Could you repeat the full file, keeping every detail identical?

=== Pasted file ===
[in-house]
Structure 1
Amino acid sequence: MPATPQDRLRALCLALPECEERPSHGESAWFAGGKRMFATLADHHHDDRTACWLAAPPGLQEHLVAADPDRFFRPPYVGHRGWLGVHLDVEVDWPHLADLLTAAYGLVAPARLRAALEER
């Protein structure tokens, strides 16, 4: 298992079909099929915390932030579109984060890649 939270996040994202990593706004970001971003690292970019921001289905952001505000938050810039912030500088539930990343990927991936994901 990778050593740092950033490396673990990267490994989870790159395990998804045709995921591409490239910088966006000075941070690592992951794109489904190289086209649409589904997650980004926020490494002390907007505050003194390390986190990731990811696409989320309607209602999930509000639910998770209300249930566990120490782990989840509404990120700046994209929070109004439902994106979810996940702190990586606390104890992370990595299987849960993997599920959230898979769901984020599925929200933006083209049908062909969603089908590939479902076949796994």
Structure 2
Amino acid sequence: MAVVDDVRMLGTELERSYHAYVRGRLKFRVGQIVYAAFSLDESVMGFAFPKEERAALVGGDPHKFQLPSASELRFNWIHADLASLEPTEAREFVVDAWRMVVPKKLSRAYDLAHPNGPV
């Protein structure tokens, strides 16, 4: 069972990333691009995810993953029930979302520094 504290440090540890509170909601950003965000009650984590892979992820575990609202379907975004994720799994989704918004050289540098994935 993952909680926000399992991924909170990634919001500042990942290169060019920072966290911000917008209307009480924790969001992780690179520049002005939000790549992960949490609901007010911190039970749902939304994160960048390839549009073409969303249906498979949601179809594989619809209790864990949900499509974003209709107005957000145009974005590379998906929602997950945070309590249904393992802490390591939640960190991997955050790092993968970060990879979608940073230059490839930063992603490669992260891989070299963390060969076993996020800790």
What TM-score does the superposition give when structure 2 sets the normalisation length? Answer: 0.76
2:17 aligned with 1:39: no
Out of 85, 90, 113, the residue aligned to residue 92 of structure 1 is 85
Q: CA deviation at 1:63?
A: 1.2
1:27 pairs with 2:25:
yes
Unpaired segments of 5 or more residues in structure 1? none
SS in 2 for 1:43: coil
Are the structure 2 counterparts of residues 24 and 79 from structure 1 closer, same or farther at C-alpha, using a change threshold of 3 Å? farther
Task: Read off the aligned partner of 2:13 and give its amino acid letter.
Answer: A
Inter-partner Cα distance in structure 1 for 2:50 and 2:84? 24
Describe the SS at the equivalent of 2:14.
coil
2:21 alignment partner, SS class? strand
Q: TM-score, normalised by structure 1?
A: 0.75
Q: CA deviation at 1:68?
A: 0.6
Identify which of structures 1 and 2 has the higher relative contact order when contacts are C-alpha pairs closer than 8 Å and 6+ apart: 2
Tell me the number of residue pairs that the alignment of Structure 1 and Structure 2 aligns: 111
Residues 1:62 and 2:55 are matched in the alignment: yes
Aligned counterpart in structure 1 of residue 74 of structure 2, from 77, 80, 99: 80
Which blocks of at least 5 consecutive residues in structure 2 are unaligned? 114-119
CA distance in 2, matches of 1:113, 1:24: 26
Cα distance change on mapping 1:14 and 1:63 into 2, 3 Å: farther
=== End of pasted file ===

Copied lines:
[in-house]
Structure 1
Amino acid sequence: MPATPQDRLRALCLALPECEERPSHGESAWFAGGKRMFATLADHHHDDRTACWLAAPPGLQEHLVAADPDRFFRPPYVGHRGWLGVHLDVEVDWPHLADLLTAAYGLVAPARLRAALEER
């Protein structure tokens, strides 16, 4: 298992079909099929915390932030579109984060890649 939270996040994202990593706004970001971003690292970019921001289905952001505000938050810039912030500088539930990343990927991936994901 990778050593740092950033490396673990990267490994989870790159395990998804045709995921591409490239910088966006000075941070690592992951794109489904190289086209649409589904997650980004926020490494002390907007505050003194390390986190990731990811696409989320309607209602999930509000639910998770209300249930566990120490782990989840509404990120700046994209929070109004439902994106979810996940702190990586606390104890992370990595299987849960993997599920959230898979769901984020599925929200933006083209049908062909969603089908590939479902076949796994």
Structure 2
Amino acid sequence: MAVVDDVRMLGTELERSYHAYVRGRLKFRVGQIVYAAFSLDESVMGFAFPKEERAALVGGDPHKFQLPSASELRFNWIHADLASLEPTEAREFVVDAWRMVVPKKLSRAYDLAHPNGPV
């Protein structure tokens, strides 16, 4: 069972990333691009995810993953029930979302520094 504290440090540890509170909601950003965000009650984590892979992820575990609202379907975004994720799994989704918004050289540098994935 993952909680926000399992991924909170990634919001500042990942290169060019920072966290911000917008209307009480924790969001992780690179520049002005939000790549992960949490609901007010911190039970749902939304994160960048390839549009073409969303249906498979949601179809594989619809209790864990949900499509974003209709107005957000145009974005590379998906929602997950945070309590249904393992802490390591939640960190991997955050790092993968970060990879979608940073230059490839930063992603490669992260891989070299963390060969076993996020800790």
What TM-score does the superposition give when structure 2 sets the normalisation length? Answer: 0.76
2:17 aligned with 1:39: no
Out of 85, 90, 113, the residue aligned to residue 92 of structure 1 is 85
Q: CA deviation at 1:63?
A: 1.2
1:27 pairs with 2:25:
yes
Unpaired segments of 5 or more residues in structure 1? none
SS in 2 for 1:43: coil
Are the structure 2 counterparts of residues 24 and 79 from structure 1 closer, same or farther at C-alpha, using a change threshold of 3 Å? farther
Task: Read off the aligned partner of 2:13 and give its amino acid letter.
Answer: A
Inter-partner Cα distance in structure 1 for 2:50 and 2:84? 24
Describe the SS at the equivalent of 2:14.
coil
2:21 alignment partner, SS class? strand
Q: TM-score, normalised by structure 1?
A: 0.75
Q: CA deviation at 1:68?
A: 0.6
Identify which of structures 1 and 2 has the higher relative contact order when contacts are C-alpha pairs closer than 8 Å and 6+ apart: 2
Tell me the number of residue pairs that the alignment of Structure 1 and Structure 2 aligns: 111
Residues 1:62 and 2:55 are matched in the alignment: yes
Aligned counterpart in structure 1 of residue 74 of structure 2, from 77, 80, 99: 80
Which blocks of at least 5 consecutive residues in structure 2 are unaligned? 114-119
CA distance in 2, matches of 1:113, 1:24: 26
Cα distance change on mapping 1:14 and 1:63 into 2, 3 Å: farther